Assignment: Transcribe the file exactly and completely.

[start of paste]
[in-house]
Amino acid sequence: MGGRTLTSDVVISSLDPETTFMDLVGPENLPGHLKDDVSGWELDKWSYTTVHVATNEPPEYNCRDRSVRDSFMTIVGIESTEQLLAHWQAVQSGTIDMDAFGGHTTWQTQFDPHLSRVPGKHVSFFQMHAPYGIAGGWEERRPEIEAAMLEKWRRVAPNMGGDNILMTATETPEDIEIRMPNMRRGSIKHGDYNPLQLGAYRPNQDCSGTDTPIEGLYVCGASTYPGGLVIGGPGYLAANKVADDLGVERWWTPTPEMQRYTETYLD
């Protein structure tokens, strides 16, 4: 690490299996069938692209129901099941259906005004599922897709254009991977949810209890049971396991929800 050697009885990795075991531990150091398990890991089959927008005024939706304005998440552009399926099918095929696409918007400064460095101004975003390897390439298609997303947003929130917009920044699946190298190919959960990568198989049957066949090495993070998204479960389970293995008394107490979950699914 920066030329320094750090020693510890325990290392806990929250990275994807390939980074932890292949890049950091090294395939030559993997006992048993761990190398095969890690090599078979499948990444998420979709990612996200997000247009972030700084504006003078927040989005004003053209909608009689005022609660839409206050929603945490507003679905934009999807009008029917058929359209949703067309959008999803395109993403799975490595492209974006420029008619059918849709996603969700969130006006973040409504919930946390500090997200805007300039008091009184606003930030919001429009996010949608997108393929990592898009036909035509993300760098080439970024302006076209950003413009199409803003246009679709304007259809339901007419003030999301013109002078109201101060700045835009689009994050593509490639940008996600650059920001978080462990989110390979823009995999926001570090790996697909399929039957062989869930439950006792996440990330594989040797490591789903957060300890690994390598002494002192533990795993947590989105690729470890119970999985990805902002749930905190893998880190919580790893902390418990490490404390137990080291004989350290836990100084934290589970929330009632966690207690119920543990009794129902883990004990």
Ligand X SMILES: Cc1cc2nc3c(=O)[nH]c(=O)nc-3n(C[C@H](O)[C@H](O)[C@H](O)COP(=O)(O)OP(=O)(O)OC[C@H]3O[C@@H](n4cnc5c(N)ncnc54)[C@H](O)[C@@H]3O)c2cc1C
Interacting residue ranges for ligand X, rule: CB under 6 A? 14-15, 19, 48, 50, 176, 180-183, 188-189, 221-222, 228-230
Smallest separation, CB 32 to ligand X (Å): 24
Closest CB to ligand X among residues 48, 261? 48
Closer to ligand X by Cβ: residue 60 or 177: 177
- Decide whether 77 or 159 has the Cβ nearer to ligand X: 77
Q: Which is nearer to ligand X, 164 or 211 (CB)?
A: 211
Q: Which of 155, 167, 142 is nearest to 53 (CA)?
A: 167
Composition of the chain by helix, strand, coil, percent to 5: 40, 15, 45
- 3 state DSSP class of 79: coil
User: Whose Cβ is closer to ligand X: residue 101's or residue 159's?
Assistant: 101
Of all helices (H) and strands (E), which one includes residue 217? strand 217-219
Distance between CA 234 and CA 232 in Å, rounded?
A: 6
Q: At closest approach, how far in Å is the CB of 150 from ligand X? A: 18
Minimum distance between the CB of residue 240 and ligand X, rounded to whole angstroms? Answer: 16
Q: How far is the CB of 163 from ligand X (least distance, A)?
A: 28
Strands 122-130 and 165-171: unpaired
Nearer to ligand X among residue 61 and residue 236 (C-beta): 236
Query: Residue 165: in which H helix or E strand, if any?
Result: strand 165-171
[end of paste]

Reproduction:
[in-house]
Amino acid sequence: MGGRTLTSDVVISSLDPETTFMDLVGPENLPGHLKDDVSGWELDKWSYTTVHVATNEPPEYNCRDRSVRDSFMTIVGIESTEQLLAHWQAVQSGTIDMDAFGGHTTWQTQFDPHLSRVPGKHVSFFQMHAPYGIAGGWEERRPEIEAAMLEKWRRVAPNMGGDNILMTATETPEDIEIRMPNMRRGSIKHGDYNPLQLGAYRPNQDCSGTDTPIEGLYVCGASTYPGGLVIGGPGYLAANKVADDLGVERWWTPTPEMQRYTETYLD
């Protein structure tokens, strides 16, 4: 690490299996069938692209129901099941259906005004599922897709254009991977949810209890049971396991929800 050697009885990795075991531990150091398990890991089959927008005024939706304005998440552009399926099918095929696409918007400064460095101004975003390897390439298609997303947003929130917009920044699946190298190919959960990568198989049957066949090495993070998204479960389970293995008394107490979950699914 920066030329320094750090020693510890325990290392806990929250990275994807390939980074932890292949890049950091090294395939030559993997006992048993761990190398095969890690090599078979499948990444998420979709990612996200997000247009972030700084504006003078927040989005004003053209909608009689005022609660839409206050929603945490507003679905934009999807009008029917058929359209949703067309959008999803395109993403799975490595492209974006420029008619059918849709996603969700969130006006973040409504919930946390500090997200805007300039008091009184606003930030919001429009996010949608997108393929990592898009036909035509993300760098080439970024302006076209950003413009199409803003246009679709304007259809339901007419003030999301013109002078109201101060700045835009689009994050593509490639940008996600650059920001978080462990989110390979823009995999926001570090790996697909399929039957062989869930439950006792996440990330594989040797490591789903957060300890690994390598002494002192533990795993947590989105690729470890119970999985990805902002749930905190893998880190919580790893902390418990490490404390137990080291004989350290836990100084934290589970929330009632966690207690119920543990009794129902883990004990």
Ligand X SMILES: Cc1cc2nc3c(=O)[nH]c(=O)nc-3n(C[C@H](O)[C@H](O)[C@H](O)COP(=O)(O)OP(=O)(O)OC[C@H]3O[C@@H](n4cnc5c(N)ncnc54)[C@H](O)[C@@H]3O)c2cc1C
Interacting residue ranges for ligand X, rule: CB under 6 A? 14-15, 19, 48, 50, 176, 180-183, 188-189, 221-222, 228-230
Smallest separation, CB 32 to ligand X (Å): 24
Closest CB to ligand X among residues 48, 261? 48
Closer to ligand X by Cβ: residue 60 or 177: 177
- Decide whether 77 or 159 has the Cβ nearer to ligand X: 77
Q: Which is nearer to ligand X, 164 or 211 (CB)?
A: 211
Q: Which of 155, 167, 142 is nearest to 53 (CA)?
A: 167
Composition of the chain by helix, strand, coil, percent to 5: 40, 15, 45
- 3 state DSSP class of 79: coil
User: Whose Cβ is closer to ligand X: residue 101's or residue 159's?
Assistant: 101
Of all helices (H) and strands (E), which one includes residue 217? strand 217-219
Distance between CA 234 and CA 232 in Å, rounded?
A: 6
Q: At closest approach, how far in Å is the CB of 150 from ligand X? A: 18
Minimum distance between the CB of residue 240 and ligand X, rounded to whole angstroms? Answer: 16
Q: How far is the CB of 163 from ligand X (least distance, A)?
A: 28
Strands 122-130 and 165-171: unpaired
Nearer to ligand X among residue 61 and residue 236 (C-beta): 236
Query: Residue 165: in which H helix or E strand, if any?
Result: strand 165-171